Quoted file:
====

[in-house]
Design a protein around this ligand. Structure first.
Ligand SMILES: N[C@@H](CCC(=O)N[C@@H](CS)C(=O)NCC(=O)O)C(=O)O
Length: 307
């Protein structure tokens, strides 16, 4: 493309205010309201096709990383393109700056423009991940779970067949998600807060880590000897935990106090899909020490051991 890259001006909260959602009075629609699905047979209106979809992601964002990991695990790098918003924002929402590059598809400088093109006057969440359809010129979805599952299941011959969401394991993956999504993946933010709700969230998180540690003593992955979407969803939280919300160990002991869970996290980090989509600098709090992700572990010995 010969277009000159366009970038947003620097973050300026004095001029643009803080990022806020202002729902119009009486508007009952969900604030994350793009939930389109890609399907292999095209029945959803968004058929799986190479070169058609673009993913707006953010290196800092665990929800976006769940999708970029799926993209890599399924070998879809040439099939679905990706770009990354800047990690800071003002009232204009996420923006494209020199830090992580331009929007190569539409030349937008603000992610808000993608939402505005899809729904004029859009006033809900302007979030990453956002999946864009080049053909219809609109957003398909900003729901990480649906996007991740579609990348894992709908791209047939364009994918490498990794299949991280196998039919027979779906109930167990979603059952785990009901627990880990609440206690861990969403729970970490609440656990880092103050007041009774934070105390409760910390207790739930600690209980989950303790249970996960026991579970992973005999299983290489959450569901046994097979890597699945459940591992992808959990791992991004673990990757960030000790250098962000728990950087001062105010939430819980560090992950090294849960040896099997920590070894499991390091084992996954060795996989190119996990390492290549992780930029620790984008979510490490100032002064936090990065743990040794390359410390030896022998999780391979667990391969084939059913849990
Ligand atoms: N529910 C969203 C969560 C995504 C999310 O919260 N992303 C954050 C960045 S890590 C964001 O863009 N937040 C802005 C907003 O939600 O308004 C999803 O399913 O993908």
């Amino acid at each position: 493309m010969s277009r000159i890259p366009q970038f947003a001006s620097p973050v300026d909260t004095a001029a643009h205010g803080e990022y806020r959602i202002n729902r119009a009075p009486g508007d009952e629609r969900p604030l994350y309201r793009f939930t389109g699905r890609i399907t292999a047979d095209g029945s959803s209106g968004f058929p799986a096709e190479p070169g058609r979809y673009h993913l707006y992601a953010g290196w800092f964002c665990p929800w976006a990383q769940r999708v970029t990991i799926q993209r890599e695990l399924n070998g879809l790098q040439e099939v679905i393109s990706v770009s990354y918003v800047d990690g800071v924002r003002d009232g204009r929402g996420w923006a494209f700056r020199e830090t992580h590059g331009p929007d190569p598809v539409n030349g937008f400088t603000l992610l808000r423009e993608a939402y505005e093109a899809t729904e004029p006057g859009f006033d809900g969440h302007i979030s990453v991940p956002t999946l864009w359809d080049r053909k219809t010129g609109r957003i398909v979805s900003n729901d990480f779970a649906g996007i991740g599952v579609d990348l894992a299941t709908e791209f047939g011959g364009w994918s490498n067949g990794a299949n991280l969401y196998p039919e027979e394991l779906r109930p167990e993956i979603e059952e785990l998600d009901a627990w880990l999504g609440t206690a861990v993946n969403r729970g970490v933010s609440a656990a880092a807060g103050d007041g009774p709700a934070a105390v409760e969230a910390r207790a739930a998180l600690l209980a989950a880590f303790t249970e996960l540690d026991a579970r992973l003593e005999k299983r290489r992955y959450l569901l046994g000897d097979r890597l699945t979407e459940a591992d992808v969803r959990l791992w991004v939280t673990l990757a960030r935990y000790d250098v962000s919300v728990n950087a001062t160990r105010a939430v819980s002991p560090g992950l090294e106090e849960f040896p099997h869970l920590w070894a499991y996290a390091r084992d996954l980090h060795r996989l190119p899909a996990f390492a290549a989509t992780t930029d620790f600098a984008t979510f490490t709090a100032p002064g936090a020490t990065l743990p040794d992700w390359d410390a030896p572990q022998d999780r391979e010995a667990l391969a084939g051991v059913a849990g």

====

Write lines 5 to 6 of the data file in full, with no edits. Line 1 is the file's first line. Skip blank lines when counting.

């Protein structure tokens, strides 16, 4: 493309205010309201096709990383393109700056423009991940779970067949998600807060880590000897935990106090899909020490051991 890259001006909260959602009075629609699905047979209106979809992601964002990991695990790098918003924002929402590059598809400088093109006057969440359809010129979805599952299941011959969401394991993956999504993946933010709700969230998180540690003593992955979407969803939280919300160990002991869970996290980090989509600098709090992700572990010995 010969277009000159366009970038947003620097973050300026004095001029643009803080990022806020202002729902119009009486508007009952969900604030994350793009939930389109890609399907292999095209029945959803968004058929799986190479070169058609673009993913707006953010290196800092665990929800976006769940999708970029799926993209890599399924070998879809040439099939679905990706770009990354800047990690800071003002009232204009996420923006494209020199830090992580331009929007190569539409030349937008603000992610808000993608939402505005899809729904004029859009006033809900302007979030990453956002999946864009080049053909219809609109957003398909900003729901990480649906996007991740579609990348894992709908791209047939364009994918490498990794299949991280196998039919027979779906109930167990979603059952785990009901627990880990609440206690861990969403729970970490609440656990880092103050007041009774934070105390409760910390207790739930600690209980989950303790249970996960026991579970992973005999299983290489959450569901046994097979890597699945459940591992992808959990791992991004673990990757960030000790250098962000728990950087001062105010939430819980560090992950090294849960040896099997920590070894499991390091084992996954060795996989190119996990390492290549992780930029620790984008979510490490100032002064936090990065743990040794390359410390030896022998999780391979667990391969084939059913849990
Ligand atoms: N529910 C969203 C969560 C995504 C999310 O919260 N992303 C954050 C960045 S890590 C964001 O863009 N937040 C802005 C907003 O939600 O308004 C999803 O399913 O993908």